INDIANAPOLIS | Vietnam veteran Jesus Quintana loves to hunt, but crossing fields and forests is not easy for the Eastside Indianapolis double amputee.
Each year, he typically is driven a few times to his favorite spots, such as areas around Camp Atterbury in Johnson County, then helped to a hunting blind.
The wheelchair the 65-year-old retired Marine uses does not maneuver well over ruts, rocks, mud or thick vegetation.
Next month, however, Quintana plans to hunt turkey for the first time, and he will have a new means of getting around: a $12,000 all-terrain wheelchair donated this week by American Legion Post 182 in New Palestine.
The chair has a higher clearance than a typical wheelchair and uses tanklike treads rather than wheels.
"I am very grateful," Quintana told The Indianapolis Star (http://indy.st/P1I6fl ). "Beyond helping me hunt, it's going to be a big help with a lot of everyday things. Just on my own property, I've wanted to go out there and repair a fence some dogs tore up. But I haven't really been able to get to it. I think I can get out there with this thing."
He and his wife, Betty, live near 21st Street and Emerson Avenue.
"I'm looking forward to taking it around my neighborhood on warm summer nights and smoking a little cigar," he said. "I don't like to smoke in the house."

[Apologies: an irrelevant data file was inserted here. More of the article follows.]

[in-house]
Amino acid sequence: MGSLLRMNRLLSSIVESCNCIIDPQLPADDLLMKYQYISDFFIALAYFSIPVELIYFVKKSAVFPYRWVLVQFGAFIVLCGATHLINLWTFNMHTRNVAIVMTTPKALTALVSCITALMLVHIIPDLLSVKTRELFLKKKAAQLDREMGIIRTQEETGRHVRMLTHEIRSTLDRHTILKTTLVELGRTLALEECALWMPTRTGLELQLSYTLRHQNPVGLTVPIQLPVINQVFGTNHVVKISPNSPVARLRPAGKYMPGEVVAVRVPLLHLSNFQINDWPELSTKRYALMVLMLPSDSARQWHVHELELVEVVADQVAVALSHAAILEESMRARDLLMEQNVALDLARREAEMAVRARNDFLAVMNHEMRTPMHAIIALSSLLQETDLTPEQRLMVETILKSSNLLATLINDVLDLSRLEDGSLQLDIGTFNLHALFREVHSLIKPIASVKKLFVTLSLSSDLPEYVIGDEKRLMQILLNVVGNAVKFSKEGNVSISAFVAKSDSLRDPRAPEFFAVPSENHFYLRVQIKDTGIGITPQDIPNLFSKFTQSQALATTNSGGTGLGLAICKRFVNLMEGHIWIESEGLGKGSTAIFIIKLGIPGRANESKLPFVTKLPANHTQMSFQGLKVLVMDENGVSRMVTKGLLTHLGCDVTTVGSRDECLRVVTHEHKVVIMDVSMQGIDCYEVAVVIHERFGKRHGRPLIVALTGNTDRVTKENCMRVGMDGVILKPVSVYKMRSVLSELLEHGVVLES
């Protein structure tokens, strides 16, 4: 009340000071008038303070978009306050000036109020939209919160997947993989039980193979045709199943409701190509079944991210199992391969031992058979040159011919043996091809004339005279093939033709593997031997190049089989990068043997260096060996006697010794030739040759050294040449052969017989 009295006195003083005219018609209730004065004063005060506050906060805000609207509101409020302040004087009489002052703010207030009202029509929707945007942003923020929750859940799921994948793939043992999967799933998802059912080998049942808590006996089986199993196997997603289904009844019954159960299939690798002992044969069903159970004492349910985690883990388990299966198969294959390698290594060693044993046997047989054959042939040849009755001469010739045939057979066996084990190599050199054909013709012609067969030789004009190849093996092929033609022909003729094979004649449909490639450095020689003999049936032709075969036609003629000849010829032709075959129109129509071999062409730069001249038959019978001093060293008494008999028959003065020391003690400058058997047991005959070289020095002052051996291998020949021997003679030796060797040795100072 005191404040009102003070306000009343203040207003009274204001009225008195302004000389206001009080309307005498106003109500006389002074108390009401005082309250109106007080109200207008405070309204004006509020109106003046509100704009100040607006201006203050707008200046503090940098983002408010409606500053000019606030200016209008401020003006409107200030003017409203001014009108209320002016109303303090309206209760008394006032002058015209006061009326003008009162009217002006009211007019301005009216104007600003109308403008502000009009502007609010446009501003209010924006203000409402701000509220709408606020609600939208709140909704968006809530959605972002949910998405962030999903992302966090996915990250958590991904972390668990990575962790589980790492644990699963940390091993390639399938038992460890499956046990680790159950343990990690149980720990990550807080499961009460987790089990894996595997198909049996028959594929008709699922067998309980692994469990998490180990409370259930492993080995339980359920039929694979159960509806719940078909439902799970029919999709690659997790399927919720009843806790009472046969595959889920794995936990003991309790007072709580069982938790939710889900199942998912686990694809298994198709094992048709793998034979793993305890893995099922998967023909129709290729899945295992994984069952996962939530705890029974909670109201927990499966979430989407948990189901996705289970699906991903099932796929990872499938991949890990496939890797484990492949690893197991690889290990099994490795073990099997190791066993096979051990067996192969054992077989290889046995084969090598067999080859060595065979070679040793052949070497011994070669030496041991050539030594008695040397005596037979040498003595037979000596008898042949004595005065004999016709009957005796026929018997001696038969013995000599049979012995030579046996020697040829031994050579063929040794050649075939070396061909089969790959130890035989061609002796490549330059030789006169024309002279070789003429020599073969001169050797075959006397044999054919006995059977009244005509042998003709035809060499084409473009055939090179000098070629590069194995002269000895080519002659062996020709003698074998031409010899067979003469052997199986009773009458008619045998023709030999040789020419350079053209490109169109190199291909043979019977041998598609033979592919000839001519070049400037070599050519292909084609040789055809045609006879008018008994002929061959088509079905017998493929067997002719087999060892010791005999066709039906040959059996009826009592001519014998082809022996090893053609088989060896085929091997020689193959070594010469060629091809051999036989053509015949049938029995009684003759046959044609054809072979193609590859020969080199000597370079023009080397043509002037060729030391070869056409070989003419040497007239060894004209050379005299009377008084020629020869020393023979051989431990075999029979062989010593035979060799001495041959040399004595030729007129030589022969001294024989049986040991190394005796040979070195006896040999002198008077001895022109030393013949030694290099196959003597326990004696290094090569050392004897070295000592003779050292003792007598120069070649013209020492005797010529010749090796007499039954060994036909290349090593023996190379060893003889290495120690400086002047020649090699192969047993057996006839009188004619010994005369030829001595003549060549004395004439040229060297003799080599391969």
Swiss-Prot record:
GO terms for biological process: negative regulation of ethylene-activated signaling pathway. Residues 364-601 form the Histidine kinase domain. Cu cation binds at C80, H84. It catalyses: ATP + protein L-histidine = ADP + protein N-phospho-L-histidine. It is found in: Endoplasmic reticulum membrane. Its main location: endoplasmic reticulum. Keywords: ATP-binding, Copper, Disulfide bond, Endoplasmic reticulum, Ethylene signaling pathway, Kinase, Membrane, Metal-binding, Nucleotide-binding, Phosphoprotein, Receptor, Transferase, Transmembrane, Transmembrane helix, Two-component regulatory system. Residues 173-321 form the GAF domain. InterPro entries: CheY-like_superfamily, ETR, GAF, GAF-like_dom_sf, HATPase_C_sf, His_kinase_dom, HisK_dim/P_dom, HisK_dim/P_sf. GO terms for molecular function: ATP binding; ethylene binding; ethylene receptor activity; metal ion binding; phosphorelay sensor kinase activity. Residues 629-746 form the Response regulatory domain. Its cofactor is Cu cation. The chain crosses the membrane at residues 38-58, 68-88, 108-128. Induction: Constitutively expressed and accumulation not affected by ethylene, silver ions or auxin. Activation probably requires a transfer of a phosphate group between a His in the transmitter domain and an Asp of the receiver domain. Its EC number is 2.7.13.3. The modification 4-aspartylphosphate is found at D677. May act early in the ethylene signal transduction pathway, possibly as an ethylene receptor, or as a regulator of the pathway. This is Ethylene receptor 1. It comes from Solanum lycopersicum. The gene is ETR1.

Quintana lost his legs in an explosion during an Aug. 29, 1968, combat mission. Quintana and his unit had marched into a rice paddy near the Ho Chi Minh trail when an artillery shell exploded.
Several of Quintana's friends lost their lives in the blast.
He accepted his physical limitations pretty quickly, he said.
"I adapted," said Quintana, who later received three Purple Hearts and a Bronze Star for his wartime service. "You know this is the life you have to live. I had to do it, and that was it. I think I did pretty good."
Quintana now volunteers once a week at Community Hospital East and serves as a chaplain with the Marine Corps League. He received the chair at a ceremony Tuesday night. The money was raised through Tuesday night Texas Hold 'em poker games at the American Legion post.
"He's the perfect candidate," said David Espich, 69, a past commander of the post (and brother of Indianapolis Star photographer Frank Espich). "He's a super, super nice guy, and it's very rewarding to see him get it. We work hard at this Texas Hold 'em. We generated every bit of it from doing that."
Participants pay a $25 entry fee. The Legion keeps $5 per entry and puts $20 into winnings for players. The games are open to the public.
"We had 109 people Tuesday," Espich said.
The post's current goal, Espich said, is to raise enough to buy another chair for another veteran this year.
Action Manufacturing of Marshall, Minn., developed the Action Trackchair after 30 years in the recreational motor sports business, according to the company website. Company founder Tim Swenson originally developed an off-road wheelchair for his son Jeff.
Quintana looks forward to seeing how his new chair and its tanklike treads increase his mobility in the field.
Last fall's deer hunting season wasn't as successful as Quintana had hoped.
"I never got one," he said. "I could have gotten one on the first day, but it was a small deer and I was hoping to get a bigger one. I should have gone ahead and shot the first one, but that's the way it goes."